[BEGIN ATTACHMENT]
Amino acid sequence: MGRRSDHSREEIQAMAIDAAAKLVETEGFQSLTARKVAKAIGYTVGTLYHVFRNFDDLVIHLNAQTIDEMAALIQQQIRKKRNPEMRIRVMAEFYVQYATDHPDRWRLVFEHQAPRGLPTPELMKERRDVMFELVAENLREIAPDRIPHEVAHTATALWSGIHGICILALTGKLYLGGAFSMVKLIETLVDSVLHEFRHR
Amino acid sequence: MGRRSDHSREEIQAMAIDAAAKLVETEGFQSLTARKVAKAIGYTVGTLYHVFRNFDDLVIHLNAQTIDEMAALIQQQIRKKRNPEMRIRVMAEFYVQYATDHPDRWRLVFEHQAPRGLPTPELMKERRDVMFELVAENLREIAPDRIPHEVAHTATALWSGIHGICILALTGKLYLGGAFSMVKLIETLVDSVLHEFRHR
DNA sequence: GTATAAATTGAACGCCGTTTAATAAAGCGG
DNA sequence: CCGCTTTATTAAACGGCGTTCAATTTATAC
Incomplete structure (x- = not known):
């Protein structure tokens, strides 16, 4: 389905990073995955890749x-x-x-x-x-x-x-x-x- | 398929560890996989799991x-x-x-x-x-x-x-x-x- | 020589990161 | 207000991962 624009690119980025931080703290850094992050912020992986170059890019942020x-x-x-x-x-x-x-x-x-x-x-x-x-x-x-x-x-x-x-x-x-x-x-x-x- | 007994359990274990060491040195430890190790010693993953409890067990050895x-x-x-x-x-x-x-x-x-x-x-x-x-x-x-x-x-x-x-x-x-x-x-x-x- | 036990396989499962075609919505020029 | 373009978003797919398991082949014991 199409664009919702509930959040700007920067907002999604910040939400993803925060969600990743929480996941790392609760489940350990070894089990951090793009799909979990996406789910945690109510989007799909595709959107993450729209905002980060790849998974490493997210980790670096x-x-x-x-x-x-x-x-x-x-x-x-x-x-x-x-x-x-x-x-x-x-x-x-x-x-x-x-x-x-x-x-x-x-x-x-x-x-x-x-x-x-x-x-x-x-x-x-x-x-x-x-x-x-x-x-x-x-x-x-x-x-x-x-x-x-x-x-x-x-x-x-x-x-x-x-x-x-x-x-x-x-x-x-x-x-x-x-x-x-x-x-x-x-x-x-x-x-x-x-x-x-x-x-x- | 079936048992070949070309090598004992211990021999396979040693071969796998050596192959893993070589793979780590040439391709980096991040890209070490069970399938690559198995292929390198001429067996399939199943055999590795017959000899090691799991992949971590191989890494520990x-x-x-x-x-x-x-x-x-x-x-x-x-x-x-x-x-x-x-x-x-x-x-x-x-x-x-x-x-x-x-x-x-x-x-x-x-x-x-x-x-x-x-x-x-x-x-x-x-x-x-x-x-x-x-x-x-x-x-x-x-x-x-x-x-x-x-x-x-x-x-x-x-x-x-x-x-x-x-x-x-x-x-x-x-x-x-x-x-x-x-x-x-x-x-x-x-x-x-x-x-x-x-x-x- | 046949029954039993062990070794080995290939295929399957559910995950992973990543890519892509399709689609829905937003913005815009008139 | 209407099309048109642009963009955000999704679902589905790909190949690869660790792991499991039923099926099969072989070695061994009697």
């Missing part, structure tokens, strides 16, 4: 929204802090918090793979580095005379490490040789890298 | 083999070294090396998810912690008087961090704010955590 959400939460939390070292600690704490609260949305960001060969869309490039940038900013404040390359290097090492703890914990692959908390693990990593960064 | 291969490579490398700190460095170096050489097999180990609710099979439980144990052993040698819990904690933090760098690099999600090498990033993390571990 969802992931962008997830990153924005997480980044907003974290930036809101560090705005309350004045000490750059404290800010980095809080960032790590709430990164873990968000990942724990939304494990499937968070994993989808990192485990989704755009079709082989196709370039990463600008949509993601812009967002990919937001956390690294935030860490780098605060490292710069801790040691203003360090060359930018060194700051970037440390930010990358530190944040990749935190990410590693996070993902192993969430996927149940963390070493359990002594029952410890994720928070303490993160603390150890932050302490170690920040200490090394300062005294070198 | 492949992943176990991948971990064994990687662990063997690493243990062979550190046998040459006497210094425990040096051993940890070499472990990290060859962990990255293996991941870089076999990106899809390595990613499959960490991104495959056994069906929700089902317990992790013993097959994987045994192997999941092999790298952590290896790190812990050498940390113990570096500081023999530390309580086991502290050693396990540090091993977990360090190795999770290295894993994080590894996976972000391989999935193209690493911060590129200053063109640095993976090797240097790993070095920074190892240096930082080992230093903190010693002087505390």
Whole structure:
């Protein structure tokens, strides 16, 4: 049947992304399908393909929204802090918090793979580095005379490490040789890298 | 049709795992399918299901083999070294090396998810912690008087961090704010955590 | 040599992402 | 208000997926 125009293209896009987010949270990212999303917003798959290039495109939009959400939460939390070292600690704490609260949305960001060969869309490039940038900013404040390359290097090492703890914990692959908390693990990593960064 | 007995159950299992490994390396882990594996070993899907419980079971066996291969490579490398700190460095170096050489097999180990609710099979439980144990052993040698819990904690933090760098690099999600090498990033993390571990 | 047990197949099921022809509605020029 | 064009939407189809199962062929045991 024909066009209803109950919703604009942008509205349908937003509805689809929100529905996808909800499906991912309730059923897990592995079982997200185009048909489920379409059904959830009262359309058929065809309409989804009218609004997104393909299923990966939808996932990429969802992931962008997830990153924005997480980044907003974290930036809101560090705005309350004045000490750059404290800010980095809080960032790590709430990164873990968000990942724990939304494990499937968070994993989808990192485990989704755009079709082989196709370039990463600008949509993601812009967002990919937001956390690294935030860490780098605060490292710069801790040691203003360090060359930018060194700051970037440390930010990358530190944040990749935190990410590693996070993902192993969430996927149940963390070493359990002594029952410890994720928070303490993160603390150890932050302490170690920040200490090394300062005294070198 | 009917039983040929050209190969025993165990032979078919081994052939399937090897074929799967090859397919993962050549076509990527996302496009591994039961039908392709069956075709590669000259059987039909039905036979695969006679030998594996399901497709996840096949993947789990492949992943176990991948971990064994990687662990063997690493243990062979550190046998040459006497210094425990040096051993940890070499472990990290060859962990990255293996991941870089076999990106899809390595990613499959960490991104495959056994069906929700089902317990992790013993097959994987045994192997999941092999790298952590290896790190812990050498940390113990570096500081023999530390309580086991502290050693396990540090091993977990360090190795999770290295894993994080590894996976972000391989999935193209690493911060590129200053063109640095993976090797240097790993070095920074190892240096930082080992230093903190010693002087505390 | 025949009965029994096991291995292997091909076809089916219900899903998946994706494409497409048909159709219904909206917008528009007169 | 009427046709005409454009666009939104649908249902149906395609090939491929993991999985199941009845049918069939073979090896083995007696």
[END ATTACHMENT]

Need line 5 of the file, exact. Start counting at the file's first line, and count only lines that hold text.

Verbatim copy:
Incomplete structure (x- = not known):